What it is and what you need to know to keep you (and your pets) safe.
When temperatures soar in the summer months, many people and their pets, love to take to the water to help beat the heat. While swimming is usually a perfectly safe summertime tradition, there are some emerging threats that water enthusiasts and pet owners should be aware of.
Each summer, news stories break throughout the country about dogs dying after swimming in water. The usual culprit: cyanobacteria, commonly known as blue-green algae.
Blue-green algae are a group of naturally occurring bacteria found in both fresh and salt water. The hardy bacteria can also be found on just about every type of habitat—damp soil or even briefly moistened bare rock can harbor the bacteria. Although a blue-green color is most common, the bacteria can also be red, brown, or even purple.
In late summer and early fall, when the water temperatures have warmed to their highest point of the year, conditions are often favorable for excessive growth of cyanobacteria, also known as a blue-green algal bloom. In addition to warm temperatures, blue-green algal blooms are fueled by an overabundance of nutrients, particularly phosphorus and nitrogen. Excess phosphorus and nitrogen can enter bodies of water through many sources, including fertilizer runoff and untreated sewage from manure spreading, leaking septic systems, or wastewater overflows.
People typically recognize blue-green algal blooms by the appearance of a scum on the water’s surface, and/or bluish-green stained water, many times accompanied by a foul odor. However, blue-green algal blooms can also occur in water that appears clear. Blue-green algal blooms are likely to be more prevalent in lakes and ponds, where the water is less prone to being mixed up and dispersed from wind and waves.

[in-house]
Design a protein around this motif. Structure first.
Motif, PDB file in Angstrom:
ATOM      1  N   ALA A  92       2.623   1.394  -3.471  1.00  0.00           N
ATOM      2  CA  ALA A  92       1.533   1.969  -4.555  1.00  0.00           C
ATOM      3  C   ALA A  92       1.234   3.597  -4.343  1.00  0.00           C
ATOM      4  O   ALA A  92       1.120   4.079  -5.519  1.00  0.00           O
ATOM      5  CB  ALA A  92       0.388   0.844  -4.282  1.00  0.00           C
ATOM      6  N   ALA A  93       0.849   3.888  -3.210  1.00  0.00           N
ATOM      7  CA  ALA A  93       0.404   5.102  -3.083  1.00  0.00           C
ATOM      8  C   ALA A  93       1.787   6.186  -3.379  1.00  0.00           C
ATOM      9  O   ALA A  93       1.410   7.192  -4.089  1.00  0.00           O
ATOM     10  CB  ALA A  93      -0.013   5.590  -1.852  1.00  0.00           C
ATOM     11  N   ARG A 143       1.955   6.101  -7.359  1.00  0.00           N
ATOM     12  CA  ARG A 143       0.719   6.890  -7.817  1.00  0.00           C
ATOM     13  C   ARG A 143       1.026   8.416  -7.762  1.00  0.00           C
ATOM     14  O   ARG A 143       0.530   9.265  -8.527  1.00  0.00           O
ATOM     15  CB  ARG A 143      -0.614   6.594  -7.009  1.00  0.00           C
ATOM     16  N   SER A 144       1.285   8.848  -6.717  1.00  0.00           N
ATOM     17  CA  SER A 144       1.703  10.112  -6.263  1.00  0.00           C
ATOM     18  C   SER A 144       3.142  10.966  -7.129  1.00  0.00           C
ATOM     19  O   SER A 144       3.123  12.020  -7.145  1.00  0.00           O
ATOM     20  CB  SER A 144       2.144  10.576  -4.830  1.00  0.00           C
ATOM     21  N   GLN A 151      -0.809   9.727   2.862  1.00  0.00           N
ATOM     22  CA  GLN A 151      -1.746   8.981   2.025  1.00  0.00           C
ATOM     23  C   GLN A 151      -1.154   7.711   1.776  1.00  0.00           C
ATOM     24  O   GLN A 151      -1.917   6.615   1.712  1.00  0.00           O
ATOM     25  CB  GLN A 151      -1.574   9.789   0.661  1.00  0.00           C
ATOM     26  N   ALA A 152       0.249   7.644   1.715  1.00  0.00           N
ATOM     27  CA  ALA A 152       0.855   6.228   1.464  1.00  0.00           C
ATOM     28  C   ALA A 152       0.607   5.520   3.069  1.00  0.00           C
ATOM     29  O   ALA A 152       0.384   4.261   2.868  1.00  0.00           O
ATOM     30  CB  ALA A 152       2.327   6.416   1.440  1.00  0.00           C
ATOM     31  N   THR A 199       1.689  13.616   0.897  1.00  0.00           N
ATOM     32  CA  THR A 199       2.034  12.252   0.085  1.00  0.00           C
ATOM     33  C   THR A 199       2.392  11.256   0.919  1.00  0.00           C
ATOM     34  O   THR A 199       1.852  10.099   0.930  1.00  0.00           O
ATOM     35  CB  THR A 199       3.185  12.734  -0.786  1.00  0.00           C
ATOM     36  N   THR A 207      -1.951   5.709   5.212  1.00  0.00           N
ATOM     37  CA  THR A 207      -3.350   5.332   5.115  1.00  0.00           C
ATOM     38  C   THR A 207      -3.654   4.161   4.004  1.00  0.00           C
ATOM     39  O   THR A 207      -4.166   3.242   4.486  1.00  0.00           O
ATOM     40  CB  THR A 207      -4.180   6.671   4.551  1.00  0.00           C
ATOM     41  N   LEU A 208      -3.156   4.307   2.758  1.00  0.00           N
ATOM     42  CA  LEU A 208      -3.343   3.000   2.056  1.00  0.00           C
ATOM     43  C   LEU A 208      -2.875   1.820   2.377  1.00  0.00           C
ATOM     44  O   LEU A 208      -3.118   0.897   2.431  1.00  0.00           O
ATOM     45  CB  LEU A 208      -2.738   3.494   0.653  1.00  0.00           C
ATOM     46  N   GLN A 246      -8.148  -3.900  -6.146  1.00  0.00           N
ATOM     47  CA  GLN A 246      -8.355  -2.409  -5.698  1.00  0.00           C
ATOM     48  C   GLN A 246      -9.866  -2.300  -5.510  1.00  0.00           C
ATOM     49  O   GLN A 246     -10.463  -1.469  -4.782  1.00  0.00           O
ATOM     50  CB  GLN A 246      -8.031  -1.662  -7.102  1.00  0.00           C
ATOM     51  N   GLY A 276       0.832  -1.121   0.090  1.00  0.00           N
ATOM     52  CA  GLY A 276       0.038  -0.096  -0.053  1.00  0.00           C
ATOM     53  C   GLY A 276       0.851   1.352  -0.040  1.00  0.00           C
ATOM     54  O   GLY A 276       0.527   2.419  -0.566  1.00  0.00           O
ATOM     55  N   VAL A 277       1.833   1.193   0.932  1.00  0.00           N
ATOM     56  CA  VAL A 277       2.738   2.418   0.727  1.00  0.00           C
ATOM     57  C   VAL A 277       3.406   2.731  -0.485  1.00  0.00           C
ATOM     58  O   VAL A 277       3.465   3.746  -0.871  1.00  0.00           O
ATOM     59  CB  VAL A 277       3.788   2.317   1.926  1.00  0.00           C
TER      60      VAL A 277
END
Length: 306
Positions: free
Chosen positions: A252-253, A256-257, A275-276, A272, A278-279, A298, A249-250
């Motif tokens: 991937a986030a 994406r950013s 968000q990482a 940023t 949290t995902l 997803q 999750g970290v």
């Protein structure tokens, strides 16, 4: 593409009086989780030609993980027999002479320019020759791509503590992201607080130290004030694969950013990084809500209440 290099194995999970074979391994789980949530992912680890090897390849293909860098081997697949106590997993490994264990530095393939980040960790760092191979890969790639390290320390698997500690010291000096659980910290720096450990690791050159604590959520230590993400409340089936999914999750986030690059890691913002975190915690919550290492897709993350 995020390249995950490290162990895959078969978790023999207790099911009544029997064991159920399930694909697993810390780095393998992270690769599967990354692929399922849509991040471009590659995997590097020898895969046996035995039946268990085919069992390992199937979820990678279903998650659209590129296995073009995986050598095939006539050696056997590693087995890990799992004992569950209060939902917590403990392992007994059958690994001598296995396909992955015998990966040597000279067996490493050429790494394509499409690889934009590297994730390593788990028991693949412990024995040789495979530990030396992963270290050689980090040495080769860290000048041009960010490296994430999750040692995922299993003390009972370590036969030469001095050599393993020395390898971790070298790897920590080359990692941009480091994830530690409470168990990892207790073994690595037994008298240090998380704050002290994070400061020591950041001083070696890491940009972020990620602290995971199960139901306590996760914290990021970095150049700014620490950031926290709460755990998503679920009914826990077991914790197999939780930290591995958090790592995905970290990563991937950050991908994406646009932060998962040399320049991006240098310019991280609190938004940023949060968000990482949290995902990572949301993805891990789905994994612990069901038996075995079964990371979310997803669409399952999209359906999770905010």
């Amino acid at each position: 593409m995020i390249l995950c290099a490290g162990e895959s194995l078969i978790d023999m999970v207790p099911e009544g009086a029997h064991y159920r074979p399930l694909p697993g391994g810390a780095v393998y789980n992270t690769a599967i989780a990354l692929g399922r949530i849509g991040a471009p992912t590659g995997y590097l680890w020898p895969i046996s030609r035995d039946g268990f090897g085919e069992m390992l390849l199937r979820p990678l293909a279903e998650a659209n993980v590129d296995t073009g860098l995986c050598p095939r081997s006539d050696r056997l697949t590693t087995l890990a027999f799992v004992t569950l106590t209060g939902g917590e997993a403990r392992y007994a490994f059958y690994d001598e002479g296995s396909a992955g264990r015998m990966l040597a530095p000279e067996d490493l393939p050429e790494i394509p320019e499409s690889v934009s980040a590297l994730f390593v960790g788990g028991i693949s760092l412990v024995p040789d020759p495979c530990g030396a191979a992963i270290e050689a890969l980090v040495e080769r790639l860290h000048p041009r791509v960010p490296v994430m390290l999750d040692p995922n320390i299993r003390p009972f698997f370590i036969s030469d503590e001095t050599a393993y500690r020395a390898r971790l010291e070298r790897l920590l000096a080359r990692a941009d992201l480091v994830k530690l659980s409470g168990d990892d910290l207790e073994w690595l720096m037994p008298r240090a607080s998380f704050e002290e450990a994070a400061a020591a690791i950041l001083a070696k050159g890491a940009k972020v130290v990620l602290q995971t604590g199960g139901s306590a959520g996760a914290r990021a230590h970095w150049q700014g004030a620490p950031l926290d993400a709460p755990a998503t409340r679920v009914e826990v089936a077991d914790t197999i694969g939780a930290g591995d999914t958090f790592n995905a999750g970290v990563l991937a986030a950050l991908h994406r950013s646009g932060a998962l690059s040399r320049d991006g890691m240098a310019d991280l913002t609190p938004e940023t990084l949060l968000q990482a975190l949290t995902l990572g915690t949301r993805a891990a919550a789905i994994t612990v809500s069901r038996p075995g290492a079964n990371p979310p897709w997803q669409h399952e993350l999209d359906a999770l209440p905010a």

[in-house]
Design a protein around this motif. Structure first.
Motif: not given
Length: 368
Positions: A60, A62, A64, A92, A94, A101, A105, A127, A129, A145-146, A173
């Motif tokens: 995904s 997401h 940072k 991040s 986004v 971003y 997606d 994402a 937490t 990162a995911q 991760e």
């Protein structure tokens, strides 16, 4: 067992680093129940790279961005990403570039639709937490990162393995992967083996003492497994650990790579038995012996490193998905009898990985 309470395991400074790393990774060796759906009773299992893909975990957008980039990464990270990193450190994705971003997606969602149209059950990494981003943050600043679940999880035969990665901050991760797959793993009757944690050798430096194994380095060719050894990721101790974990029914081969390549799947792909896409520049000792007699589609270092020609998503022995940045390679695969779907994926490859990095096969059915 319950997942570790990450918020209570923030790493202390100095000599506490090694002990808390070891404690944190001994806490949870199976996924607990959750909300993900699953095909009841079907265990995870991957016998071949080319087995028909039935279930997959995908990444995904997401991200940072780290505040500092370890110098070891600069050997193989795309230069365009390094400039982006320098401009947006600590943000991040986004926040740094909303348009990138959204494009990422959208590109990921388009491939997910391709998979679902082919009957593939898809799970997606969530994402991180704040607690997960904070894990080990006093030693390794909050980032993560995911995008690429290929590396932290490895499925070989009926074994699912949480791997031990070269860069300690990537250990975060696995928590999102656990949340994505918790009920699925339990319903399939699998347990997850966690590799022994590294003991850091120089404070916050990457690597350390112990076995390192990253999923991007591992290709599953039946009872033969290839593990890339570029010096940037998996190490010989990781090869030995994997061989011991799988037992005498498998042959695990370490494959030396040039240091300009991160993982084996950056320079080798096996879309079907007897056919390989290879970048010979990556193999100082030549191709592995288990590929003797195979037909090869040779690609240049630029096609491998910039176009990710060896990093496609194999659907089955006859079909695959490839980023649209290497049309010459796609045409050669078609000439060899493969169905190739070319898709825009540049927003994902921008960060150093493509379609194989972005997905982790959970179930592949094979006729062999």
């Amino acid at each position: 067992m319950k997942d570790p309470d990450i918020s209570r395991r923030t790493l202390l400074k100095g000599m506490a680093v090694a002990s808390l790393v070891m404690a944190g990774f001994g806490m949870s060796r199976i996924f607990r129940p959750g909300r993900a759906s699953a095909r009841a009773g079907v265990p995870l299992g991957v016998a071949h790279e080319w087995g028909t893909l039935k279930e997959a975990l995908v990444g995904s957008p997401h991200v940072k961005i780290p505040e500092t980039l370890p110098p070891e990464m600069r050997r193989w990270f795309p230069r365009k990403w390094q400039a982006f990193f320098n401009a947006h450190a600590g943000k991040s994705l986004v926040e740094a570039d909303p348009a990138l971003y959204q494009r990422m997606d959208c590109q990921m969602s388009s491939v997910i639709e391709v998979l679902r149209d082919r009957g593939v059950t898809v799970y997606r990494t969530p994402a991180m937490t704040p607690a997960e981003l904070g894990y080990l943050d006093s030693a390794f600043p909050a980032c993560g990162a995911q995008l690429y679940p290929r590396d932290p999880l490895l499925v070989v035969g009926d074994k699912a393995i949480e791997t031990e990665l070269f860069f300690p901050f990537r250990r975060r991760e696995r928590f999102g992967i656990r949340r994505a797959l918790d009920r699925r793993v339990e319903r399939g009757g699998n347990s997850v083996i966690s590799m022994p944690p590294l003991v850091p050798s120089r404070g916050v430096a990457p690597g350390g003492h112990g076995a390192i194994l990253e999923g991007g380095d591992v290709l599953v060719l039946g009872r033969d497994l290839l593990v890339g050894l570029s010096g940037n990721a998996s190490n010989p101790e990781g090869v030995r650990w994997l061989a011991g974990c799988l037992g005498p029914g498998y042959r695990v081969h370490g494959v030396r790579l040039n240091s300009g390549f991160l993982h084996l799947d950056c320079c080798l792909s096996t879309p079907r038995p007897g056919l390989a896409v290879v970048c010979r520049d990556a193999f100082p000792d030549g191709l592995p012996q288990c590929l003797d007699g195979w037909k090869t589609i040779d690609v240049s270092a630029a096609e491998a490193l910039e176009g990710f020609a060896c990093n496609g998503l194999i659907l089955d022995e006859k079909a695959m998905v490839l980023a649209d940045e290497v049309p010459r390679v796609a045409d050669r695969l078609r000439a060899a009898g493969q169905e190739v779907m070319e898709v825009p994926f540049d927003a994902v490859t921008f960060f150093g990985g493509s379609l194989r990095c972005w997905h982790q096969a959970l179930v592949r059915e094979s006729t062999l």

The presence of blue-green algae in a water body is not abnormal. However, it can become a concern because in some instances, blue-green algae can produce harmful toxins. Toxins released from blue-green algae can be harmful to both humans and pets, potentially damaging the brain, liver, and kidneys of an animal According to the Centers for Disease Control and Prevention (CDC), exposure to cyanobacteria can occur through ingestion, inhalation, or skin contact. This means that being in or around an algal bloom can expose a person or pet to the toxins in a variety of manners. Signs and symptoms of exposure can include gastrointestinal ailments, sore throat or respiratory problems, or irritation in the eyes or on the skin.
There are several important measures that can be taken to minimize you or your pet’s exposure to harmful cyanobacteria. The CDC recommends avoiding drinking or recreating in water that is discolored, has a bad odor, or has visible scum or foam on the surface. Pets that inadvertently enter suspect water should be rinsed off as quickly as possible and monitored closely for signs of sickness or distress. Bringing along fresh drinking water for your pet is also a good idea, regardless of whether any signs of suspect water are present.
Also, it’s important to note that just because water has a certain coloration or substances floating on it does not mean it is harboring harmful cyanobacteria. There are many other naturally occurring and human-caused phenomena that can be mistaken for harmful algal blooms. For additional information, Michigan State University Extension natural resources educators can provide educational programming and assistance with invasive organisms and invasive aquatic plants.